“Across the country, parents’ rights are being trampled by a politically correct nanny state that’s ruining our schools and telling our parents that they have no role in their children’s most important decisions,” Pence said in Minneapolis, where he argued that parents must be informed of such decisions. “You do not craft a gender transition plan for my child without my knowledge or consent,” he said.
Though Pence says he has yet to make a decision about 2024, he has visited leadoff Iowa several times since the 2020 election. And his Wednesday event had the look and feel of a campaign stop, held in a pizza restaurant where candidates commonly hold court with voters.
Pence is hoping to draw the support of social and religious conservatives in what could be a crowded primary contest that already includes Trump and former UN Ambassador Nikki Haley, who formally launched her campaign Wednesday.
To that end, Pence’s advocacy group launched a new campaign last week on the schools issue, a flashpoint for many on the right, as Haley and other presidential prospects, including South Carolina Sen. Tim Scott, prepare for their own visits to the state this month.


Gunmen fire on targets in Russia’s North Caucasus region, three killed, regional government says

Screen capture of a video allegedly taken at a shooting at a synagogue in Derbent, in Russia’s Dagestan region, June 23, 2024.
Updated 24 min 58 sec ago
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Gunmen fire on targets in Russia’s North Caucasus region, three killed, regional government says

  • Thirteen people were wounded in the attacks, the interior ministry was quoted as saying by Russian news agencies

MOSCOW: Gunmen opened fire at a synagogue, an Orthodox church and a police post in Russia’s North Caucasus region of Dagestan on Sunday and at least three people, including two police officers were killed, the region’s interior ministry said.
Thirteen people were wounded in the attacks, the interior ministry was quoted as saying by Russian news agencies.
The reports said one officer and a priest were killed when shots were fired at a synagogue and a church in Derbent, home to an ancient Jewish community in the South Caucasus and a UNESCO world heritage site.
“Unidentified people fired at a synagogue and a church with automatic weapons,” the interior ministry said. “One police officer was killed and one injured.”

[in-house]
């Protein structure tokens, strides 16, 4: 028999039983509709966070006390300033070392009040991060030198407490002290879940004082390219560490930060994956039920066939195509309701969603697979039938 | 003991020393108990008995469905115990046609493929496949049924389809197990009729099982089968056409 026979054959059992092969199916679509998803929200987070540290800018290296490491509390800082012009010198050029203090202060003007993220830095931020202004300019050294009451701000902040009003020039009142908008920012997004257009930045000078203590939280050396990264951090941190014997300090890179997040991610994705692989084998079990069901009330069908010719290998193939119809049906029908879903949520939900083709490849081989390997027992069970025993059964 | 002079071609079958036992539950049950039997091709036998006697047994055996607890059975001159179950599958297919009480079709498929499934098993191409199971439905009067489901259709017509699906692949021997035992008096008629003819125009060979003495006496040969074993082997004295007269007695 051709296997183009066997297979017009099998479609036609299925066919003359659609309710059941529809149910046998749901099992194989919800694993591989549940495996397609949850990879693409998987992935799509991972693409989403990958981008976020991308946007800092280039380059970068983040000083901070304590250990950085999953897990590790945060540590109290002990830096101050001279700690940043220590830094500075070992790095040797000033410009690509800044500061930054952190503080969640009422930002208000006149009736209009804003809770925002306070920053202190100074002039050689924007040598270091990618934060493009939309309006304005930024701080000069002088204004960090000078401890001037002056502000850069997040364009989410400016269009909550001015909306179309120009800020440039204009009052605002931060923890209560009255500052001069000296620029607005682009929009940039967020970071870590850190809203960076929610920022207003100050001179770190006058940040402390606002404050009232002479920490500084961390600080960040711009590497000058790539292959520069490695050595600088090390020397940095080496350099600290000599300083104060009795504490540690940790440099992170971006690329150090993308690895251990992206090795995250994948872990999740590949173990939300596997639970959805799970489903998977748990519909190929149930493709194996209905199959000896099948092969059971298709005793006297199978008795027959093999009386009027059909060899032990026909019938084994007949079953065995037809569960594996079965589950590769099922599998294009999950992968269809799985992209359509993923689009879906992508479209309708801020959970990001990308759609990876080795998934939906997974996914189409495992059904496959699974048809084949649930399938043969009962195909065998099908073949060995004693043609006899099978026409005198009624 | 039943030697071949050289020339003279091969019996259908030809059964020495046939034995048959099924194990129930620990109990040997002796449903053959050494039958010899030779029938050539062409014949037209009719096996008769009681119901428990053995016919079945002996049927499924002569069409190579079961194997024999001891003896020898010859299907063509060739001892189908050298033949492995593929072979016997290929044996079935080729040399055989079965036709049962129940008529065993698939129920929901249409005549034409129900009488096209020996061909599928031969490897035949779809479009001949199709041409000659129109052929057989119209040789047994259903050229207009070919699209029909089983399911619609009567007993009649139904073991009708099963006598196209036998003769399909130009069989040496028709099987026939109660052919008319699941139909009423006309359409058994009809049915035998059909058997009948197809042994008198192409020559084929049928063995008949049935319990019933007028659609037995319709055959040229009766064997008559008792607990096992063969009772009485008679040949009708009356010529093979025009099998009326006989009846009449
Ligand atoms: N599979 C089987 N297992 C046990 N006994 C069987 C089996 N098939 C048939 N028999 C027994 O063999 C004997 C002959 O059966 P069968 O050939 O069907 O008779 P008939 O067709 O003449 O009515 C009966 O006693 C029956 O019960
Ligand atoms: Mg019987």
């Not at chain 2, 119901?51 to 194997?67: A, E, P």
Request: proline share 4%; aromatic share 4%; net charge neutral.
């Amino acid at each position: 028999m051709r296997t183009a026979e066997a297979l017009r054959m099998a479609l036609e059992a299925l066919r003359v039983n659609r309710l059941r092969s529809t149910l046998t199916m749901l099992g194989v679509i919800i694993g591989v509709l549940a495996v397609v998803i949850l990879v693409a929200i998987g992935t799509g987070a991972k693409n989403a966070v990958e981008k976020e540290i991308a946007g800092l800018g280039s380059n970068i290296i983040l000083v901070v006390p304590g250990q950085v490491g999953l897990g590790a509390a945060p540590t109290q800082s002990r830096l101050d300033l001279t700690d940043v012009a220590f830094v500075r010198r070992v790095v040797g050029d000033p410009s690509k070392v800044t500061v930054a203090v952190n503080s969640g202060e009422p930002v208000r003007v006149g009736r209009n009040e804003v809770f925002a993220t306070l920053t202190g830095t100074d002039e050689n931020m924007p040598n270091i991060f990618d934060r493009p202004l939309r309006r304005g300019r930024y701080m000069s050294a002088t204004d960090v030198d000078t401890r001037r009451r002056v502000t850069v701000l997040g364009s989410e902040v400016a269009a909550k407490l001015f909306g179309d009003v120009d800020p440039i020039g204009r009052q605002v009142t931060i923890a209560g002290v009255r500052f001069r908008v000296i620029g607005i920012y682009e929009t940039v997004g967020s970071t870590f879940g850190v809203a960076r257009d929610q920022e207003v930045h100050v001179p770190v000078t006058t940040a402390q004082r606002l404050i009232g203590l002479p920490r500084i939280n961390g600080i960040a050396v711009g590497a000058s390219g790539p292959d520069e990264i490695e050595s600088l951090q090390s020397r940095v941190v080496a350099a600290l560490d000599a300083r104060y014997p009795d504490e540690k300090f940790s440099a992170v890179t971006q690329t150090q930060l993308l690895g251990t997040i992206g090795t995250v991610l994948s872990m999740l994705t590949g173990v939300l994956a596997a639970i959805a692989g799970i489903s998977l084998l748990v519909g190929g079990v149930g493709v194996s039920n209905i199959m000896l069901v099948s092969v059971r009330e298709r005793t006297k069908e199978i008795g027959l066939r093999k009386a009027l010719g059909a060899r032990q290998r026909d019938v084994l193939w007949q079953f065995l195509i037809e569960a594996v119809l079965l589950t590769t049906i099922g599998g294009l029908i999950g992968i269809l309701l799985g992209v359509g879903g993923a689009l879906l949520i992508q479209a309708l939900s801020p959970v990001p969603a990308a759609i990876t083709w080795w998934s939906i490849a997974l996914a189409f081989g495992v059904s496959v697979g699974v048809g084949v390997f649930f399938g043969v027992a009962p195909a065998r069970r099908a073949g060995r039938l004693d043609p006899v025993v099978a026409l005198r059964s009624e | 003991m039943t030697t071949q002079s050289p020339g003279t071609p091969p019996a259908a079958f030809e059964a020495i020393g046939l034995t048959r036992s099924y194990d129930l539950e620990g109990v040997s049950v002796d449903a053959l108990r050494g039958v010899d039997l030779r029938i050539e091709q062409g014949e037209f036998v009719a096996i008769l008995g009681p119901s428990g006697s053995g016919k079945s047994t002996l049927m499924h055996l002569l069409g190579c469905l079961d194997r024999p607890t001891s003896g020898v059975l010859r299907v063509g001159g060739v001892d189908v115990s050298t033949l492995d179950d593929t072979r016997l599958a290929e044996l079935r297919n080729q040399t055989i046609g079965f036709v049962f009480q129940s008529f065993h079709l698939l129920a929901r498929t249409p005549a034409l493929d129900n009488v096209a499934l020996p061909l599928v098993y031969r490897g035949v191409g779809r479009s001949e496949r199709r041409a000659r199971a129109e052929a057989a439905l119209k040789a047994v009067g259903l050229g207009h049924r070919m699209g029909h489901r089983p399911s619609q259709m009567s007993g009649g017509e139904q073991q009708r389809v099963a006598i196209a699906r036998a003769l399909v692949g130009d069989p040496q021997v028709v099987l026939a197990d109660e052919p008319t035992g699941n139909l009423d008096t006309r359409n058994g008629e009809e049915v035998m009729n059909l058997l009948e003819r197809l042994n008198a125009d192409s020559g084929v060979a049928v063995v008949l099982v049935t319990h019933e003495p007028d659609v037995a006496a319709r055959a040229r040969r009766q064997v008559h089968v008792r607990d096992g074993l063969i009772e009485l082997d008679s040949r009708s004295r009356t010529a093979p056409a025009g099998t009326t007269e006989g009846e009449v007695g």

The synagogue was on fire after the attack, Russian news agencies said.
The attackers then fled in a car.
Another police officer was killed in an exchange of shots at a police post in Makhachkala, about 125 km (75 miles) to the north along the Caspian Sea coast and the main city in Dagestan, a mainly Muslim region in southern Russia.
Fighting was later reported in the streets of Makhachkala. 


UK election betting scandal widens as a fourth Conservative Party official reportedly investigated

Updated 23 June 2024
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UK election betting scandal widens as a fourth Conservative Party official reportedly investigated

  • The Times alleged that dozens of bets had been placed with potential winnings worth thousands of pounds

LONDON: The chief data officer of Britain’s Conservative Party has taken a leave of absence, British media reported Sunday, following growing allegations that the governing party’s members used inside information to bet on the date of Britain’s July 4 national election before it was announced.
The Sunday Times and others reported that Nick Mason is the fourth Conservative official to be investigated by the UK’s Gambling Commission for allegedly betting on the timing of the election.
The Times alleged that dozens of bets had been placed with potential winnings worth thousands of pounds.
The reports came after revelations in recent days that two Conservative election candidates, Laura Saunders and Craig Williams, are under investigation by the gambling watchdog. Saunders’ husband Tony Lee, the Conservative director of campaigning, has also taken a leave of absence following allegations he was also investigated over alleged betting.
Police said one of Prime Minister Rishi Sunak ‘s police bodyguards was arrested Monday on suspicion of misconduct in public office. The arrest came after the gambling regulator confirmed it was investigating “the possibility of offenses concerning the date of the election.”
The growing scandal, just two weeks ahead of the national election, has dealt a fresh blow to Sunak’s Conservative Party, which is widely expected to lose to the opposition Labour Party after 14 years in power.